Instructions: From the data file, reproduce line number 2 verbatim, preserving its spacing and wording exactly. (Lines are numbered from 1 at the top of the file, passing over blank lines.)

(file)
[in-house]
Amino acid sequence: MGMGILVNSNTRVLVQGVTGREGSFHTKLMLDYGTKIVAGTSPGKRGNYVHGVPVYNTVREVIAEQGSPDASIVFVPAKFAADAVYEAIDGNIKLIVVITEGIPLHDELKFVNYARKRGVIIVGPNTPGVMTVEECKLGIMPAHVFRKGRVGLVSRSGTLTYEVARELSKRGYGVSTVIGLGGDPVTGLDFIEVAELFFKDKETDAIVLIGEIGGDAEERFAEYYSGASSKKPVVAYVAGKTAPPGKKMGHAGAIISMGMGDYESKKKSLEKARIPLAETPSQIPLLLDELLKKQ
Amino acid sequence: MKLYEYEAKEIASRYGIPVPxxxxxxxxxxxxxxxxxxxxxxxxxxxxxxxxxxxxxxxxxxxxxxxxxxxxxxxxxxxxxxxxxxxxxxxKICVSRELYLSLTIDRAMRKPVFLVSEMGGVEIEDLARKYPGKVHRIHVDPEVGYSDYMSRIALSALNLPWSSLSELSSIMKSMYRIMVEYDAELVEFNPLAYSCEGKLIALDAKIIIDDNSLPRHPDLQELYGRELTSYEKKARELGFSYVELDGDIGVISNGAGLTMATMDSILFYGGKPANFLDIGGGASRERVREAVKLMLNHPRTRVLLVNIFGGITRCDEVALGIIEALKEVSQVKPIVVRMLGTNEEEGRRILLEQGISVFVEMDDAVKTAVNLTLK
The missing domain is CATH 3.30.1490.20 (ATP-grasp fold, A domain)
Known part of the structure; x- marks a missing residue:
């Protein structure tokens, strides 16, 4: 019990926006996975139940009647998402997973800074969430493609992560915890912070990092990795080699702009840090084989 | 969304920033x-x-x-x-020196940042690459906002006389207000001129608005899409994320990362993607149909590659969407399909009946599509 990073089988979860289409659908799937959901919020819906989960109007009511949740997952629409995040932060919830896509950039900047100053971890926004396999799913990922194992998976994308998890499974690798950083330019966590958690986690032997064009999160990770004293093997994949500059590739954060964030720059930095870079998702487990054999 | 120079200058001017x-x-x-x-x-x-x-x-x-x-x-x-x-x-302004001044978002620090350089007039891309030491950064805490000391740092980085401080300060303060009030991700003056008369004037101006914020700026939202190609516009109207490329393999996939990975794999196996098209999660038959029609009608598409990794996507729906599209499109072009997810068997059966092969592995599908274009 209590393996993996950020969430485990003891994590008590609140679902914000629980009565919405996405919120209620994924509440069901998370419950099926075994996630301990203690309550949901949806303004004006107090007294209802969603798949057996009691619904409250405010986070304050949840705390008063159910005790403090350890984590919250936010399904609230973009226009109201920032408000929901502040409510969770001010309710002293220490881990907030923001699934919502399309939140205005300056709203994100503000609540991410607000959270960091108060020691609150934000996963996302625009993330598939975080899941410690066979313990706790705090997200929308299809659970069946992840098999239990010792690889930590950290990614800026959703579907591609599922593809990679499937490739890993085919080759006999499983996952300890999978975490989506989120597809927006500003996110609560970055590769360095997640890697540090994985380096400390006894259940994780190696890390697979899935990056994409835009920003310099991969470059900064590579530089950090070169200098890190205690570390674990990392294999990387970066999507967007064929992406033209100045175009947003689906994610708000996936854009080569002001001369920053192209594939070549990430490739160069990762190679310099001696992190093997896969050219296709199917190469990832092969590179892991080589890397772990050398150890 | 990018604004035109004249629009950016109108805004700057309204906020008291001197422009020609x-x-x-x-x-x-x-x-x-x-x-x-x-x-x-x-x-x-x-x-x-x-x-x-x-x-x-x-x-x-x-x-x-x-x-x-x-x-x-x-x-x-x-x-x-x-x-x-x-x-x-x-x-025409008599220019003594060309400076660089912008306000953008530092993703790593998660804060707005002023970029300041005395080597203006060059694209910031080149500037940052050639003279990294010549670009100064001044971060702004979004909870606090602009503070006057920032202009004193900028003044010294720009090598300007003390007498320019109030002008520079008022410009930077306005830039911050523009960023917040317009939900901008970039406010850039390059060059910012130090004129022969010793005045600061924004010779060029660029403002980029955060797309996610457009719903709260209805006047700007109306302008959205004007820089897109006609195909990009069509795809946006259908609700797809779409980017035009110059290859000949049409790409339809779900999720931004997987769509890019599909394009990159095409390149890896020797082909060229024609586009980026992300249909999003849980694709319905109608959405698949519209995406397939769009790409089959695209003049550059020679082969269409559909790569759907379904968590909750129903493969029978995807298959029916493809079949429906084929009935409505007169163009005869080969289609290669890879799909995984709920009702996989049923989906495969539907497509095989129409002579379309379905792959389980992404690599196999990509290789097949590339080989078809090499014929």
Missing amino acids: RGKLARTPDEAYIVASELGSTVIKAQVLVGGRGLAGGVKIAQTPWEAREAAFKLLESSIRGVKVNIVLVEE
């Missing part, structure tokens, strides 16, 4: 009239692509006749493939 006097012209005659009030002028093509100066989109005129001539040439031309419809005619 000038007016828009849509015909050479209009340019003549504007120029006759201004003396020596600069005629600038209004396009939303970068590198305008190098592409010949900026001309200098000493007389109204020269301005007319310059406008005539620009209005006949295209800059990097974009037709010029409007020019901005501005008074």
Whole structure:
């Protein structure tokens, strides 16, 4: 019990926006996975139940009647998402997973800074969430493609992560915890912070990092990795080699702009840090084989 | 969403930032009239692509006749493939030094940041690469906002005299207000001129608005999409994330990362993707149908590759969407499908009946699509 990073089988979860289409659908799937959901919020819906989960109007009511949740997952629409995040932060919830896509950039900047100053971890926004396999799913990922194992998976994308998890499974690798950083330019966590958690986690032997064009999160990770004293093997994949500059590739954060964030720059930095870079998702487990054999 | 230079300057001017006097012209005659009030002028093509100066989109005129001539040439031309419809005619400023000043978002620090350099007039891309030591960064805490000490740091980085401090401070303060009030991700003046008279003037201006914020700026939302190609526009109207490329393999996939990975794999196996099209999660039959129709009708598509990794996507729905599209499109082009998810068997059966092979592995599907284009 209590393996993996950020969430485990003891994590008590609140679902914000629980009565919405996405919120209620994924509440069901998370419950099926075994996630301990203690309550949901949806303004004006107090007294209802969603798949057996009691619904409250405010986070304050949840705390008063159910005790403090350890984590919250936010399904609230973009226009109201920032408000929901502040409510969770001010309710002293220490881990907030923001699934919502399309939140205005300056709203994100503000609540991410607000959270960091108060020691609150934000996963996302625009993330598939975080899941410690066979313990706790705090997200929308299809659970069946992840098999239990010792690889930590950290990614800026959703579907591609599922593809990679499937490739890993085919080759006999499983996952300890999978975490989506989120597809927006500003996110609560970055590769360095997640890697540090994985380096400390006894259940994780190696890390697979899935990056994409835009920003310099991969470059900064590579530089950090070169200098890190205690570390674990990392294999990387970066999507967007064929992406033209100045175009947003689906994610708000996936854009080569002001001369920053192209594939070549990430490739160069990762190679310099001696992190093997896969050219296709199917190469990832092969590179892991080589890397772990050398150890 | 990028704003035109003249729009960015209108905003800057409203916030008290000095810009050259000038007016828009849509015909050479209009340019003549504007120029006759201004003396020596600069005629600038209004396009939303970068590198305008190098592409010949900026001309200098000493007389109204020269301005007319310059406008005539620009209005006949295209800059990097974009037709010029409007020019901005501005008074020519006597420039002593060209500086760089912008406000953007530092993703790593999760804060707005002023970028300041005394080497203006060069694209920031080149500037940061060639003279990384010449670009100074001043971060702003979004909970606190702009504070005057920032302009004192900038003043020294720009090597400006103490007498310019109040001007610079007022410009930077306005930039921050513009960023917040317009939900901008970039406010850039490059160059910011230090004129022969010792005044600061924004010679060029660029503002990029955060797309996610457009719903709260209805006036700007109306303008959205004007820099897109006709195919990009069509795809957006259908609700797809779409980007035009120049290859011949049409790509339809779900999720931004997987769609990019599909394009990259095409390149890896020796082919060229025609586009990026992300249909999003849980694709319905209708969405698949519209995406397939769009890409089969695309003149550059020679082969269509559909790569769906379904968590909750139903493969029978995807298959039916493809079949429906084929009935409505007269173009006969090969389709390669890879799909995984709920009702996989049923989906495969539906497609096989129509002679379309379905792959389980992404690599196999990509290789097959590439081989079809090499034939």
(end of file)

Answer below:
Amino acid sequence: MGMGILVNSNTRVLVQGVTGREGSFHTKLMLDYGTKIVAGTSPGKRGNYVHGVPVYNTVREVIAEQGSPDASIVFVPAKFAADAVYEAIDGNIKLIVVITEGIPLHDELKFVNYARKRGVIIVGPNTPGVMTVEECKLGIMPAHVFRKGRVGLVSRSGTLTYEVARELSKRGYGVSTVIGLGGDPVTGLDFIEVAELFFKDKETDAIVLIGEIGGDAEERFAEYYSGASSKKPVVAYVAGKTAPPGKKMGHAGAIISMGMGDYESKKKSLEKARIPLAETPSQIPLLLDELLKKQ